To spur economy, sports should join the ‘Big Four’
Published Tue, May 22nd 2018 at 11:33, Updated May 22nd 2018 at 11:37 GMT +3
Next month, the world will be glued to TV screens watching the World Cup in Russia.
It is a great venue in that it has the same time zone as Nairobi, unlike Brazil or Korea that made us wake up at ungodly hours.
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With no blackouts, the World Cup this time will be a family entertainment, giving kids enough time to do homework and to sleep.
I have no doubt there will be lots of bets on the World Cup teams, but expect surprises.
One highlight of the World Cup is how the English Premier League (EPL) players will play for their countries, some against England.
It is a matter of conjecture when Kenya will get into the World Cup. I hope it’s in my lifetime. Let us get our minds off the World Cup and think of sports in Kenya.
That we have not grown sports in Kenya is not contestable. With 42 per cent of our population aged 14 or younger, Kenya should be boiling with sporting talents.
Our leaders should extend the handshake and apologise to the youth who have gotten a raw deal in sports in the last 55 years. Beyond athletics, other sports have been forgotten.
Yet, it was not always that way. During the colonial period, with love despising, sports flourished. The Britons introduced soccer, golf and other sports, including Formula One racing. That is how Nakuru and Gilgil got Langa Langa.
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It was amazing to find a polo field in Wanjohi, in the middle of Happy Valley. It is now a potato farm. There were lots of golf courses, in different parts of the country. Some are now residential estates.
After independence, tennis and boxing were big. President Moi introduced gymnastics and rounders, some sort of baseball.
Today, all that has been drowned by the World Cup and when there is no such event, it is EPL. We cheer young men making money in the UK while making no money ourselves, except through small bets.
Football revenues in the UK totalled Sh662 billion in the 2015/16 financial year, according to Deloitte. Compare that with our annual budget. Why are sports not among the Big Four?
It is a low-lying fruit. The biggest input is the young men and women. There is no shortage of them unlike in Europe or Japan that have ageing populations.
The land on which sports are played is not imported.
Equipment is cheap; we can even start an industry to make them, like Yego’s javelin.
Why can’t we make balls, baseball bats, golf clubs, and other sports equipment and create jobs?
We can emulate other sporting nations. EPL is privately run, with foreigners pouring in tonnes of money into it.
In the developed world, the EPL and other leagues are privately run same as our flower farms and matatus.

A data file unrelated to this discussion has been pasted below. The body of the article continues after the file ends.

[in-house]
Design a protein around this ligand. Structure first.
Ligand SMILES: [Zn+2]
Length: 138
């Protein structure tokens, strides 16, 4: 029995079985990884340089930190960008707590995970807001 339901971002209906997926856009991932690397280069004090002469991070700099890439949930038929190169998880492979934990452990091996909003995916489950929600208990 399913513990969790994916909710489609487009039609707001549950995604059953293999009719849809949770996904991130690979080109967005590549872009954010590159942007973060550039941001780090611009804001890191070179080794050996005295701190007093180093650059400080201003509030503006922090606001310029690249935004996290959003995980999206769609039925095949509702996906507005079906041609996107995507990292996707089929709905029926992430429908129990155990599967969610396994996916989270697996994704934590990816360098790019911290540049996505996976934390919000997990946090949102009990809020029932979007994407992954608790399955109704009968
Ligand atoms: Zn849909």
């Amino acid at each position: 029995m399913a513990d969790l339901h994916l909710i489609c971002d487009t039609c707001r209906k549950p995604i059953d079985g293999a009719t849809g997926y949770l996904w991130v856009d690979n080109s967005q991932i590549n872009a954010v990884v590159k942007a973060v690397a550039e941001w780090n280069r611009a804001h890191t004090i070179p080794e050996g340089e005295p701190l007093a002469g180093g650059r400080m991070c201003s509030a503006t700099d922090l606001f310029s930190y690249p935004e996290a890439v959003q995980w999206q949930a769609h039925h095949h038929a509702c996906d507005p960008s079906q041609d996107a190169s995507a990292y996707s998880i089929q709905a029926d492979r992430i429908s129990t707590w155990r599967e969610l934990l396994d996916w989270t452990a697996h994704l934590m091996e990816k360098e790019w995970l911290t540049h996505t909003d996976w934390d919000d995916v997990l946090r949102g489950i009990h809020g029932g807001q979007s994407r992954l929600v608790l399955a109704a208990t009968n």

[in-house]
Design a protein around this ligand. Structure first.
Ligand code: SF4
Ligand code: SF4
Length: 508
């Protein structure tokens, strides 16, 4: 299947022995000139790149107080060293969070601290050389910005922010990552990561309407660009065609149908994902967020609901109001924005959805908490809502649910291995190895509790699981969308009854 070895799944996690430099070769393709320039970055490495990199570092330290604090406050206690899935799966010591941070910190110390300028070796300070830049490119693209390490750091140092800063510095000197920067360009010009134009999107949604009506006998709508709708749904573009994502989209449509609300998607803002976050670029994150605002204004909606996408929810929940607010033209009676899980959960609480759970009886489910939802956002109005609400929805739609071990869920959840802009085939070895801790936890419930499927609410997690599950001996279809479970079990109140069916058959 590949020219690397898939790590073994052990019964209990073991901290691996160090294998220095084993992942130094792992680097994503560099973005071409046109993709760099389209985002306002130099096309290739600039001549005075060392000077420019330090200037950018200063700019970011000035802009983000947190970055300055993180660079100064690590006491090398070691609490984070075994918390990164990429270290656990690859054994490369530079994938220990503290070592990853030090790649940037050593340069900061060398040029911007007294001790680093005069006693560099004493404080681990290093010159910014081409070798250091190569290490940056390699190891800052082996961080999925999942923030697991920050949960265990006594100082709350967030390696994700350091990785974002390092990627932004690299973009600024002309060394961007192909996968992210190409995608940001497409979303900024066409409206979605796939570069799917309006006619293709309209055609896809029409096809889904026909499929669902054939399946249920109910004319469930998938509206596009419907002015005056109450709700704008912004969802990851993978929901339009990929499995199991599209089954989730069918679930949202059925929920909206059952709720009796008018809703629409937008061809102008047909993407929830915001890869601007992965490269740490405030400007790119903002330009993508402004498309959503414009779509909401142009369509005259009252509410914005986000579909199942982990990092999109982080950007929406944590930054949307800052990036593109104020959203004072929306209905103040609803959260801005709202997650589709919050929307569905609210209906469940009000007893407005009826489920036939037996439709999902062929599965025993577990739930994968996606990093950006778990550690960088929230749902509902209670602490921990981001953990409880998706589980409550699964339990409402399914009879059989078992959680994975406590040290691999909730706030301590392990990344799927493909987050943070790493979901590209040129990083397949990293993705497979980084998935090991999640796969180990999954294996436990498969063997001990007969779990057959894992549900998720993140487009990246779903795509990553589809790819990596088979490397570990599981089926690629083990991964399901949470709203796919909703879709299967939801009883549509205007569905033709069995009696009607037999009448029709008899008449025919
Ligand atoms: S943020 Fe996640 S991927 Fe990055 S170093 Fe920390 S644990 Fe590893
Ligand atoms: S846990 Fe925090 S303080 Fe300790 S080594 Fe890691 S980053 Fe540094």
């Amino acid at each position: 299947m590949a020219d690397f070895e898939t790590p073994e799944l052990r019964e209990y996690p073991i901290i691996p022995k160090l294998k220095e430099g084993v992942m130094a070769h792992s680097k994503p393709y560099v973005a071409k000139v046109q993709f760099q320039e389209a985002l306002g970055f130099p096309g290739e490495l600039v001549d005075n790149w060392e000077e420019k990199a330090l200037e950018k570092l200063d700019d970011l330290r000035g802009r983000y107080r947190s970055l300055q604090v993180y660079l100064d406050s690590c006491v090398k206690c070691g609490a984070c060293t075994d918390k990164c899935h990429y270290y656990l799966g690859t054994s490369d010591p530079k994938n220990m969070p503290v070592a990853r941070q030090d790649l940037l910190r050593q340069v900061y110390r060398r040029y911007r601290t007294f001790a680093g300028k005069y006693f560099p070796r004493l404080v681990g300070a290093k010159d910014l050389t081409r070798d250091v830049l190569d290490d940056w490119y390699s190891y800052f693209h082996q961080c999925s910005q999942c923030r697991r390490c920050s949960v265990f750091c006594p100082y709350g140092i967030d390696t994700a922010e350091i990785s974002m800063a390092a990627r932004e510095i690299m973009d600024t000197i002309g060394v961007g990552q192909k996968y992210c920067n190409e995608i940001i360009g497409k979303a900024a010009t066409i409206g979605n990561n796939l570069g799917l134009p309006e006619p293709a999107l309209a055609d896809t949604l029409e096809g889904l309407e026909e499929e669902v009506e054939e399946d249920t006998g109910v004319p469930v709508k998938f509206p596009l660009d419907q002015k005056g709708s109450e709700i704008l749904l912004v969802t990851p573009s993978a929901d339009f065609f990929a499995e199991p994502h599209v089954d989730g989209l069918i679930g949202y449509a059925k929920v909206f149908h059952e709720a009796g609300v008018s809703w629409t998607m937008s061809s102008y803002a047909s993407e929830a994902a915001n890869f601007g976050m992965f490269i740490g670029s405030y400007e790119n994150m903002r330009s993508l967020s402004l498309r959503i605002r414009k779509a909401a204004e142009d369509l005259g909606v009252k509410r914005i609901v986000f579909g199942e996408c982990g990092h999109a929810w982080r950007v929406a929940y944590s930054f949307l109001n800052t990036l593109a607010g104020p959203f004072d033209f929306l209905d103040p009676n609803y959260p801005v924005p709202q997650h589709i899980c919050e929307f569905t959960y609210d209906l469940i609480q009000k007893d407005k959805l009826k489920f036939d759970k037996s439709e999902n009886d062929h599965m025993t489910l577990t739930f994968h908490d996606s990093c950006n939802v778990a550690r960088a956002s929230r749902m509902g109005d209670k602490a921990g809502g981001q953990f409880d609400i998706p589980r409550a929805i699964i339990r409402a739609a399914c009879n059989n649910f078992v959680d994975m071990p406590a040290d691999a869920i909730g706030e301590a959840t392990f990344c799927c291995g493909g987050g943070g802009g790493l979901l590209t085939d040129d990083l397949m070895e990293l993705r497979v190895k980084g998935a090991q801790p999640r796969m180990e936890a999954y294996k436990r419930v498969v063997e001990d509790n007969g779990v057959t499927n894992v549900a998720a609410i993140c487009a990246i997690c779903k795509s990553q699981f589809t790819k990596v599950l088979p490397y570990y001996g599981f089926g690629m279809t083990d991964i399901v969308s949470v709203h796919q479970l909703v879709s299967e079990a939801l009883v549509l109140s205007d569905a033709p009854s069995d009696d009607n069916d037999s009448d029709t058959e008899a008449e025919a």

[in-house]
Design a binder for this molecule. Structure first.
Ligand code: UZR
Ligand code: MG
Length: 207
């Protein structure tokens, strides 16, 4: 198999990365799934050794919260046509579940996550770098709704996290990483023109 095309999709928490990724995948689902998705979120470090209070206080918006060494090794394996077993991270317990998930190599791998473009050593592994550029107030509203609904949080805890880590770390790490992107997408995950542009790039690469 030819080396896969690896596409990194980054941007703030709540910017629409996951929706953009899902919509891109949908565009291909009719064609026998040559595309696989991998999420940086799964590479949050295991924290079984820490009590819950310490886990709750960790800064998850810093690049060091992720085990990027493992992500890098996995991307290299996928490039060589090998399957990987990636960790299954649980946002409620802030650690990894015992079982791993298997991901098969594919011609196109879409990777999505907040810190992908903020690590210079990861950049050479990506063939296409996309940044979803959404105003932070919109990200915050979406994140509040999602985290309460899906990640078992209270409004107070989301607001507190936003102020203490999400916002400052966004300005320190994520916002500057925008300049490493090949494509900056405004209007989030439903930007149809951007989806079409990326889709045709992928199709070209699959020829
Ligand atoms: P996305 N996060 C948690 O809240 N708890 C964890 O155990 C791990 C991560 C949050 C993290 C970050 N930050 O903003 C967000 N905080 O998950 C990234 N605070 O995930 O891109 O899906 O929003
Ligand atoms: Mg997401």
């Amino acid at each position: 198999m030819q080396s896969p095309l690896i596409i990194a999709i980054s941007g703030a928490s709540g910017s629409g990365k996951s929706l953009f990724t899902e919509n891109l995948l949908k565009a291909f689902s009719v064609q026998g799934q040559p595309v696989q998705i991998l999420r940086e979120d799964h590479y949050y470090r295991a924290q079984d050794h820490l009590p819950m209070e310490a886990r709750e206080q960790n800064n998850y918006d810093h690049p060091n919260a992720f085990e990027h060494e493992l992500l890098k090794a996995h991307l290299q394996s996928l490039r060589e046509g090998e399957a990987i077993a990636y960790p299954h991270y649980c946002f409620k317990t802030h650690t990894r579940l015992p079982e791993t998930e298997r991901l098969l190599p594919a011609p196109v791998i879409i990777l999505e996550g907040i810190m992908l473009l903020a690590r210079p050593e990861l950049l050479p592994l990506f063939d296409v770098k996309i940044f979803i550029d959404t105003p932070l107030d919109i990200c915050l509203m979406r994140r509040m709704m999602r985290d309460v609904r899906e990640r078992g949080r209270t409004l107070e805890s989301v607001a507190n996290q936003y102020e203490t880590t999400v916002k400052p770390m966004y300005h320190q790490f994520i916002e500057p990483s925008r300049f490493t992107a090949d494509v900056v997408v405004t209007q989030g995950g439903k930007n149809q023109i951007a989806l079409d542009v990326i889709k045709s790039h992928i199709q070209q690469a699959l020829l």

The problem in Kenya is that investors are not sure they will get their money back if they invest in sports.
Who will buy TV rights? Who will buy tickets to watch our soccer, tennis or golf?
Will there be enough advertisers? Money is what makes the EPL attractive, not just the players. We can’t be like EPL overnight. We need to start somewhere.
Why not have inter-ward games, then inter-county, then East African games? Why can’t we emulate the school games? Where do great sportsmen in our schools go after graduation? Why can’t we upgrade our school soccer fields into mini stadiums?
Most of the current great golfers, including Tiger Woods were university students.
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What do our university students do when not in class?
How much land do we need for boxing or tennis? What of swimming pools?
What of roller skating? What of table tennis? What of bowling? What of volleyball?
What of intellectual games like Scrabble and chess that can be played in our homes?
Why have we neglected water sports with an ocean, lakes and dams? Why is there no jet skiing on Ndakaini or Masinga dams?
What of bungee jumping, skydiving and kayaking? We can even invent sports like we have dances such as azonto.
Since sports are not profitable for now, we need the Government to come in and support the fledgling industry.
The best support would be by providing facilities, building stadiums, tennis courts and golf courses. These would then be left to individuals to run them.
However, very few private investors are willing to put their money in sporting facilities.
They prefer residential flats. Yet in other countries, new real estate developments have sports facilities. Turns out we are not as “indoor” as we are made to believe.
Some individuals with corporate support have done well with marathons like the Ndakaini Marathon.
Without sports, most Kenyans live incomplete lives, with few physical activities and commensurate health problems.
With so much many idle youngsters, crime and other vices soar.
Young men and women have a lot of energy that needs the correct harnessing. Believe me, crime will go down during World Cup.
Can the police report after World Cup? There is overwhelming evidence that sports should be part of the Big Four agenda to make it the Big Five just like the Big Five animals.
Most importantly, the new Big Five would touch the lives of the most vulnerable members of the society, including the youth who are ravaged by joblessness and hopelessness.
The World Cup will come and go, but what shall we be doing before the next one?
-The writer teaches at the University of Nairobi